Facts of the Matter

A weekly letter of encouragement and challenge to business and professional men and women

Archive for March, 1996

Wednesday, March 27, 1996


Good Morning!

  • Your prayers seem to go unanswered.
  • Evidence of God’s working is scarce.
  • You and fellow-believers languish while the godless appear to flourish.

Is this God’s cruel joke?  Or could there be a Divine reason behind our sense of abandonment?

Is it possible that God, who is intent on teaching us to live by faith, purposely removes evidence of Himself from us in order to strengthen our faith? What quality of belief is required when His documentation is everywhere present?                       

Our faith is in its purest form when, amidst scant evidence for the existence of God we still choose to believe.

This was precisely Job’s experience: Seemingly abandoned by God, and having sustained great personal loss, he exclaims,

Though He slay me, yet will I trust HimI go forward but He is not there, and backward, but I cannot perceive Him.  But He knows the way I take and when He has tried me I shall come forth as gold…He performs what is appointed for me…” (Job 13:15; 23:8, 10, 14a) 

A person who elects to walk with God in those bleak periods of spiritual desolation is indeed a lethal instrument in the hand of God. 

Consider C. S. Lewis’ perspective from his writings in “The Screwtape Letters”.  In the following monologue Satan is coaching his protégé Wormwood:

“Do not be deceived, Wormwood.  Our cause is never more in danger than when a human looks (around)…a universe from which every trace of Him seems to have vanished, and asks why he has been forsaken, and still obeys.”

QUESTION:Have you resolved in your soul to follow the Master, whether there is evidence or not?  Whether He blesses you or not?

Of such a person God is well-pleased!  (Heb. 11:6)


My prayer is that you are having a great week!

Wednesday, March 20, 1996


Good Morning!

Cowboys drive cattle.

Shepherds lead sheep.

There is a difference, but occasionally in our efforts to minister  we confuse the two.

One way to assess whether we resemble cattlemen or shepherds is to observe our reactions when people fail to perform up to our expectations:

  • Are we irritated by their failure, or driven to our knees in intercession?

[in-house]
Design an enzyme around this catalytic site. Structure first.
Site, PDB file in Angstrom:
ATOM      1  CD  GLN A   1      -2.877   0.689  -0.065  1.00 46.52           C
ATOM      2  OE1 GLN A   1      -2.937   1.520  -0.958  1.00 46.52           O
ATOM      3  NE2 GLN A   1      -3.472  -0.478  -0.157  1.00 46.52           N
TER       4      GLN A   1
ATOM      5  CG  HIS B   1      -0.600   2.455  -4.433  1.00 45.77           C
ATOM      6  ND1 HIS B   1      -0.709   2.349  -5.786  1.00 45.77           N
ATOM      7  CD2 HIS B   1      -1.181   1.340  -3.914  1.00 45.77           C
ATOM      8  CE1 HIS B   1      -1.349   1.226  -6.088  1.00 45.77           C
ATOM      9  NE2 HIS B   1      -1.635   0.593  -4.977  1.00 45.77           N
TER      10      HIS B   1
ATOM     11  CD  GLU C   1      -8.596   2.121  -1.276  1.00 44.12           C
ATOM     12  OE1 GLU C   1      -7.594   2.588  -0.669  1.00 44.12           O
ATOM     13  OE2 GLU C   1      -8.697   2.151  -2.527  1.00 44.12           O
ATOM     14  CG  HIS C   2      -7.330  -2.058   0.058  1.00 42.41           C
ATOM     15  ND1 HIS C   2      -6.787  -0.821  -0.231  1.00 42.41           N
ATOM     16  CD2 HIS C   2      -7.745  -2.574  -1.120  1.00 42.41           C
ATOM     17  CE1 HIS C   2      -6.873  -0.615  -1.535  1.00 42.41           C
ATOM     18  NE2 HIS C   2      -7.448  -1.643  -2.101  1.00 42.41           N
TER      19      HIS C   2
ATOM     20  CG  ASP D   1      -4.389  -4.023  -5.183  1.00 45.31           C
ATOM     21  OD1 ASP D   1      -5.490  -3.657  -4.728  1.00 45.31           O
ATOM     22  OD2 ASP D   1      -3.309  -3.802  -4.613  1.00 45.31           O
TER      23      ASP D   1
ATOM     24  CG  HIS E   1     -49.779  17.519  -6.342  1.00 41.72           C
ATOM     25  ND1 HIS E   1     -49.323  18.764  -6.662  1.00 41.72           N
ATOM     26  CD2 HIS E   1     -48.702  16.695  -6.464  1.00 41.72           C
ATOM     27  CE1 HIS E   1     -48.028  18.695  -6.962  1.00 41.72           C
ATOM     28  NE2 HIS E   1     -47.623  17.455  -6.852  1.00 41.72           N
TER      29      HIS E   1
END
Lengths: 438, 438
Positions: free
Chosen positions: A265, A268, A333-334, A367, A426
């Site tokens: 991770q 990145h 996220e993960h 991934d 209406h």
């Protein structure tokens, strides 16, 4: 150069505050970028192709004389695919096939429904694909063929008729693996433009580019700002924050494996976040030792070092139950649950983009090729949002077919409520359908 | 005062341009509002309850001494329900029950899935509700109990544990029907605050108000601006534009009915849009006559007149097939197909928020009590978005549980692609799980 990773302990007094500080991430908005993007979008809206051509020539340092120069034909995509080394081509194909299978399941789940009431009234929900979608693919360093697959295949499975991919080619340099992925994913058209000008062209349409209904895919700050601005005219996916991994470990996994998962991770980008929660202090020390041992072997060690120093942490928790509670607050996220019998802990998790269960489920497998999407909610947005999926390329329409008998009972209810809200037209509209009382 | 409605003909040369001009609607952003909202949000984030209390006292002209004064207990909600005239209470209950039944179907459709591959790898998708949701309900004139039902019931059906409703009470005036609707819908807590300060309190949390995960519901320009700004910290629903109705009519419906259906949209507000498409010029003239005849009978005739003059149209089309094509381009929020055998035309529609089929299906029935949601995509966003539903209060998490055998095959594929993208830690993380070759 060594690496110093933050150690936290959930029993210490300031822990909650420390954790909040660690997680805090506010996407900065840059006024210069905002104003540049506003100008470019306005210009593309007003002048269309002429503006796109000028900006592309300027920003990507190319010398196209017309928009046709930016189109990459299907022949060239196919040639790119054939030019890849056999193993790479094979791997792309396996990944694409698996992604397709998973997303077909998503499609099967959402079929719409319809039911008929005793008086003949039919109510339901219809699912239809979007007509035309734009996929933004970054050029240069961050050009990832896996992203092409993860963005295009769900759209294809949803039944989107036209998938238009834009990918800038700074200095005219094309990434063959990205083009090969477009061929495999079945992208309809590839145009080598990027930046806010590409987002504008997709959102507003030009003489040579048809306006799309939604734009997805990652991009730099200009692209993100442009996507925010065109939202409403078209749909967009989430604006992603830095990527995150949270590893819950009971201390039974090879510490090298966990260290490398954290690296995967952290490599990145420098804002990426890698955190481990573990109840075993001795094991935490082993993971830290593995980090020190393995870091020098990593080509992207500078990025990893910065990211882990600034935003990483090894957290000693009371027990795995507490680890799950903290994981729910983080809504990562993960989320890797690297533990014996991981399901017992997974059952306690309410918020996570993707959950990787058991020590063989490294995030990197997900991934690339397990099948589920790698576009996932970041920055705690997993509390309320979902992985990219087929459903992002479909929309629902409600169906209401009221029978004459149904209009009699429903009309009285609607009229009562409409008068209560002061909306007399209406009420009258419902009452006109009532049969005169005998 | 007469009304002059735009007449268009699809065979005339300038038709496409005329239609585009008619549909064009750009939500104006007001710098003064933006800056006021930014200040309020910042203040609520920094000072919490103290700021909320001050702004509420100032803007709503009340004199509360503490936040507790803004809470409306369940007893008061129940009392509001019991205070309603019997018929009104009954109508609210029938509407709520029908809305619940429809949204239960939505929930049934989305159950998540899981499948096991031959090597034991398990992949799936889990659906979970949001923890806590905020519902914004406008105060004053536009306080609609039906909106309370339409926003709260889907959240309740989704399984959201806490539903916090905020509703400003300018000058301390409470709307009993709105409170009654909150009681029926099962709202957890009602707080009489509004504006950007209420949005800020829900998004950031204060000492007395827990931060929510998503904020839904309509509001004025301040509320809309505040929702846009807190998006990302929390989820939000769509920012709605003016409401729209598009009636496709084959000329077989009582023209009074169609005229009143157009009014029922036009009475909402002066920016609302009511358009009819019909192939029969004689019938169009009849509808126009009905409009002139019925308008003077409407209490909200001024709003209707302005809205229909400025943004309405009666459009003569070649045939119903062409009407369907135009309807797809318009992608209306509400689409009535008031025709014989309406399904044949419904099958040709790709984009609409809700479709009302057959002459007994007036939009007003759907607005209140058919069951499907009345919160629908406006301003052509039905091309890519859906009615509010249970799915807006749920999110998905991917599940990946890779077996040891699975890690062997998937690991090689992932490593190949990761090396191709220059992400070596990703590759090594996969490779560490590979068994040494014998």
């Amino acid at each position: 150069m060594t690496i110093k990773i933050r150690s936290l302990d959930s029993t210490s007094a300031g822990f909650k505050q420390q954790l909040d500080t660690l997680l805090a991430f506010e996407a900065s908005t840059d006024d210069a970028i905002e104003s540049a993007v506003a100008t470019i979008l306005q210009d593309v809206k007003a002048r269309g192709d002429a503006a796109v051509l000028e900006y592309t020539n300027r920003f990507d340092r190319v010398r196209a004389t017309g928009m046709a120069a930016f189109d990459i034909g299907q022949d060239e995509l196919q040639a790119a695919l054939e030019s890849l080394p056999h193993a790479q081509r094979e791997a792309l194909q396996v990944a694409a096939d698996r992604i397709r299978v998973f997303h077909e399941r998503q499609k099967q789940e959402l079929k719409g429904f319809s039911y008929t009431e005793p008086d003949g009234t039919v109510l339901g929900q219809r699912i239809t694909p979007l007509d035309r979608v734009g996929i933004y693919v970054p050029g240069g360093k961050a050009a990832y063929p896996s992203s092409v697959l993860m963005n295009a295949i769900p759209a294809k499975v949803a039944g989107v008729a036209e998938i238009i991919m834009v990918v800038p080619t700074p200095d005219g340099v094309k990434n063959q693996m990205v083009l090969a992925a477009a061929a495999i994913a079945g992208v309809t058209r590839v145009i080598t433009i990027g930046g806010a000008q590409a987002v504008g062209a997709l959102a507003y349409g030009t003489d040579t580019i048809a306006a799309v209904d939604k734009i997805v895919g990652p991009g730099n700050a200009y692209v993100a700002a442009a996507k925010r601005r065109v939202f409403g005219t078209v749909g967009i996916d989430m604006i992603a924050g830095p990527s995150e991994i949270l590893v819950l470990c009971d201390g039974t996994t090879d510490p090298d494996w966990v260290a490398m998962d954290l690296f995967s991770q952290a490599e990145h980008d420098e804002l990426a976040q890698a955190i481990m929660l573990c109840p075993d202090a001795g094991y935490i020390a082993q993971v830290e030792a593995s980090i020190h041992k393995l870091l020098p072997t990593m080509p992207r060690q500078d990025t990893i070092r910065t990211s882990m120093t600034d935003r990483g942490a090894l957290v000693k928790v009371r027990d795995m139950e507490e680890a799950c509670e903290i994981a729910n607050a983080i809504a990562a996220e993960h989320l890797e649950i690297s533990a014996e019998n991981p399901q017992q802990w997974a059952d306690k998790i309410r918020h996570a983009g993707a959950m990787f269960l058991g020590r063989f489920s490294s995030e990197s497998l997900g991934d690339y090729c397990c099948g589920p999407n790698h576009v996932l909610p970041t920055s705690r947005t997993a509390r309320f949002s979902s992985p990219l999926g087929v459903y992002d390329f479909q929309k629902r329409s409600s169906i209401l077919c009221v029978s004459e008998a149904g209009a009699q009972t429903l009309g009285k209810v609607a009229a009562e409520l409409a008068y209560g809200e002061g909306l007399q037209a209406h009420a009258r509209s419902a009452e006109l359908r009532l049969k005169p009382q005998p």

• Is our approach characterized by law or grace?

“…The Law was given through Moses; grace and truth were realized through Jesus Christ.”  (Jn. 1:17)

Jesus, like Moses gave us the truth…but shrouded it in grace:

“We all have received grace upon grace”  (Jn. 1:16)

That is, we have received grace that is continuous and never exhausted.

Surely that is also to be our approach in ministering to others.

When our primary objective in ministry is to help people toward an intimate relationship with Christ,  the tenor of our service will be that of tender care rather than demands for  rigid compliance.

If however, we view people primarily as an important cog in achieving our ends of building a larger  organization, or enhancing our image as a spiritual leader, those under our charge will be driven toward external conformity rather than nurtured toward internal transformation:

Driven like cattle rather than led like sheep.

When Jesus asked Peter if He loved Him, the Master suggested that the way to express that love was to feed His sheep.  Shepherd His flock.

And that is our calling as well.



My prayer is that you are having a great week!

Wednesday, March 13, 1996


Good Morning!

All of us have known or observed those rare individuals who seem to be able to take what is average  and forge it into greatness:

–  A dis-interested student
–  A failing company
–  A discouraged athlete

Look into the eyes of the person on the street and more often than not you will see disappointmentUnfulfilled aspirations. People who have settled into second best. In all probability whatever dreams they once had have failed to translate into reality.